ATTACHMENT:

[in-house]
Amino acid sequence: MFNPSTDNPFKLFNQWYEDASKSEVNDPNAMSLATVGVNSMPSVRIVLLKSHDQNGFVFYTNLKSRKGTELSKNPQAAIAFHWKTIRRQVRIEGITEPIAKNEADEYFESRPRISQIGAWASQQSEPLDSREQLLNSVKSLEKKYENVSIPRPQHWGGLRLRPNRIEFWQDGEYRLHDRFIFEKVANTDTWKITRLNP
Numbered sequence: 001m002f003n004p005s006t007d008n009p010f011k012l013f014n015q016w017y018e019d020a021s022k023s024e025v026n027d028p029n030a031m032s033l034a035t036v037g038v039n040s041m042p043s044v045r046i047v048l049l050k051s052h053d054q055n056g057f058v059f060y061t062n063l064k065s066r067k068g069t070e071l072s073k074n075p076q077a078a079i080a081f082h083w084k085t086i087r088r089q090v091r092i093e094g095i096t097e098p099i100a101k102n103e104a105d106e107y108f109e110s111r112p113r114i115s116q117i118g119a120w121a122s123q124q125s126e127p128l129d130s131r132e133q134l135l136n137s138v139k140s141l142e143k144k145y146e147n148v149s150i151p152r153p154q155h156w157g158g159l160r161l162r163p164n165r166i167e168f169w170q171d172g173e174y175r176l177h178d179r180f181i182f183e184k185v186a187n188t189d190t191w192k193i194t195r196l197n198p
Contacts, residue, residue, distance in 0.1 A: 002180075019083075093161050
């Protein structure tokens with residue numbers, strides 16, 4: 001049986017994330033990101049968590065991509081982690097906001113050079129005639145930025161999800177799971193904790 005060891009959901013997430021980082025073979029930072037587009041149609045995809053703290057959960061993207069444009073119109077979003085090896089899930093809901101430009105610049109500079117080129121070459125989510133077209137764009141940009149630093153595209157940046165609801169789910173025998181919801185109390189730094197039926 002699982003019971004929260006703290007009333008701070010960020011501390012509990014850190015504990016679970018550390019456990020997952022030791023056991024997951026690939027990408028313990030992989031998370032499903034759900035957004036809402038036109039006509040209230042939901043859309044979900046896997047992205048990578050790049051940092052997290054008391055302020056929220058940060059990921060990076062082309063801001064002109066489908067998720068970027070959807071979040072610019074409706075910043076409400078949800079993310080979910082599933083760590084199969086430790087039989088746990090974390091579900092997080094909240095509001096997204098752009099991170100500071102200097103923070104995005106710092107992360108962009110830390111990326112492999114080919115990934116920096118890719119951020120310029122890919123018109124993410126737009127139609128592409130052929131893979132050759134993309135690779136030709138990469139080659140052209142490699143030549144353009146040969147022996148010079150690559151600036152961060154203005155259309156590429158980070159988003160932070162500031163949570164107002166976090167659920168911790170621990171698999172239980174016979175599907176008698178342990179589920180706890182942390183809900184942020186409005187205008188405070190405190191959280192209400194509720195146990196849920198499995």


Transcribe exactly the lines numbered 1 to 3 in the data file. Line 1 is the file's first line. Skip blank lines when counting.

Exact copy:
[in-house]
Amino acid sequence: MFNPSTDNPFKLFNQWYEDASKSEVNDPNAMSLATVGVNSMPSVRIVLLKSHDQNGFVFYTNLKSRKGTELSKNPQAAIAFHWKTIRRQVRIEGITEPIAKNEADEYFESRPRISQIGAWASQQSEPLDSREQLLNSVKSLEKKYENVSIPRPQHWGGLRLRPNRIEFWQDGEYRLHDRFIFEKVANTDTWKITRLNP
Numbered sequence: 001m002f003n004p005s006t007d008n009p010f011k012l013f014n015q016w017y018e019d020a021s022k023s024e025v026n027d028p029n030a031m032s033l034a035t036v037g038v039n040s041m042p043s044v045r046i047v048l049l050k051s052h053d054q055n056g057f058v059f060y061t062n063l064k065s066r067k068g069t070e071l072s073k074n075p076q077a078a079i080a081f082h083w084k085t086i087r088r089q090v091r092i093e094g095i096t097e098p099i100a101k102n103e104a105d106e107y108f109e110s111r112p113r114i115s116q117i118g119a120w121a122s123q124q125s126e127p128l129d130s131r132e133q134l135l136n137s138v139k140s141l142e143k144k145y146e147n148v149s150i151p152r153p154q155h156w157g158g159l160r161l162r163p164n165r166i167e168f169w170q171d172g173e174y175r176l177h178d179r180f181i182f183e184k185v186a187n188t189d190t191w192k193i194t195r196l197n198p